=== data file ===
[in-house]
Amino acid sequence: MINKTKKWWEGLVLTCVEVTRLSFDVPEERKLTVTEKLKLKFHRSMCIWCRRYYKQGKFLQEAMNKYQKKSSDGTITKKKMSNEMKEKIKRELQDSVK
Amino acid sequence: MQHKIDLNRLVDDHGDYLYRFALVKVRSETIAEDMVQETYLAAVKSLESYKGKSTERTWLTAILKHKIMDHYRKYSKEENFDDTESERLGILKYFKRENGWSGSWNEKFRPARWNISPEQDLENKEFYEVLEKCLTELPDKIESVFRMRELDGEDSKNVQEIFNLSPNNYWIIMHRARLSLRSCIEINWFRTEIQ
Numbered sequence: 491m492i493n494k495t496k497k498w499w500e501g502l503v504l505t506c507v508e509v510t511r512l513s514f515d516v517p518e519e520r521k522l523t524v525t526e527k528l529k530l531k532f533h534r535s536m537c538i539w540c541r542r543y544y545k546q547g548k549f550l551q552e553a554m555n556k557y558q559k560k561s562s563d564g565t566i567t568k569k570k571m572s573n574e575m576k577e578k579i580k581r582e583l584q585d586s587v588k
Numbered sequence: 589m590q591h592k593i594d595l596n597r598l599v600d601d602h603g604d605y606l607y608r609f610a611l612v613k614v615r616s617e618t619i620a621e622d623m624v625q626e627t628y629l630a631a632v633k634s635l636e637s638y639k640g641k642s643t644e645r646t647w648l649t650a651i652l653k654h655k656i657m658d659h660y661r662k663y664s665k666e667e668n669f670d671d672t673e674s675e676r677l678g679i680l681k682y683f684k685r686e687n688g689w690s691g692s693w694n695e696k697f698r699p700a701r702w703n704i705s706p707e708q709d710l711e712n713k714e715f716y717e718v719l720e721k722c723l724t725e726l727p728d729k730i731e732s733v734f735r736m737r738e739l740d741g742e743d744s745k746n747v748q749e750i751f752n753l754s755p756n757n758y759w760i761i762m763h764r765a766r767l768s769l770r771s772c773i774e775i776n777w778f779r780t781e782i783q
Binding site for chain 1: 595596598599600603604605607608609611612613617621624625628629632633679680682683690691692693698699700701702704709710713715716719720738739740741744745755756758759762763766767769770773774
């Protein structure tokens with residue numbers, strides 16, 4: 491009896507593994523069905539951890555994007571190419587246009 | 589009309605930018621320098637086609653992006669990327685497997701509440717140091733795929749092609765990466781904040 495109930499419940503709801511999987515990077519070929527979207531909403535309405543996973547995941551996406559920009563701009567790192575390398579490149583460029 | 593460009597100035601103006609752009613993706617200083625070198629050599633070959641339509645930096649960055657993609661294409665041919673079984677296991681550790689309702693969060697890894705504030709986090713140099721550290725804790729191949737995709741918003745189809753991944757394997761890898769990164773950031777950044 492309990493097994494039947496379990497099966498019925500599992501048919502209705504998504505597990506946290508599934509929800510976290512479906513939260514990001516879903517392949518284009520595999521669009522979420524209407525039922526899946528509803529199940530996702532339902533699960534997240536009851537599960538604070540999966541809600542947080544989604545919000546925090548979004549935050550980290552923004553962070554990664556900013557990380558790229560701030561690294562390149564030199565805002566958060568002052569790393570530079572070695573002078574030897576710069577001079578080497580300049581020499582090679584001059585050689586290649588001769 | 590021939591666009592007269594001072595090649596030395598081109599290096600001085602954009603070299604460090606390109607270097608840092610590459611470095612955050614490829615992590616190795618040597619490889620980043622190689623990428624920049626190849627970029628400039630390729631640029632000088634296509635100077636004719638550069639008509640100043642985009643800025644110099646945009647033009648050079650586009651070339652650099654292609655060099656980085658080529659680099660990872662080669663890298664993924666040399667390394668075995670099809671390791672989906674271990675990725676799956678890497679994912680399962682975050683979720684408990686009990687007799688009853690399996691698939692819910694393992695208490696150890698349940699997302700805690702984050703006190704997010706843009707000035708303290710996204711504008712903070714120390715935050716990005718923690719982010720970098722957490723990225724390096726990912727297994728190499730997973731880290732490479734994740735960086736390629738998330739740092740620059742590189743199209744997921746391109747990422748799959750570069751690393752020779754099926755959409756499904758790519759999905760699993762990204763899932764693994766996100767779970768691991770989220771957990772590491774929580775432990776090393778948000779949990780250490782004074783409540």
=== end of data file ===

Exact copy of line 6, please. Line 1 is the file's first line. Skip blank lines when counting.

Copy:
Binding site for chain 1: 595596598599600603604605607608609611612613617621624625628629632633679680682683690691692693698699700701702704709710713715716719720738739740741744745755756758759762763766767769770773774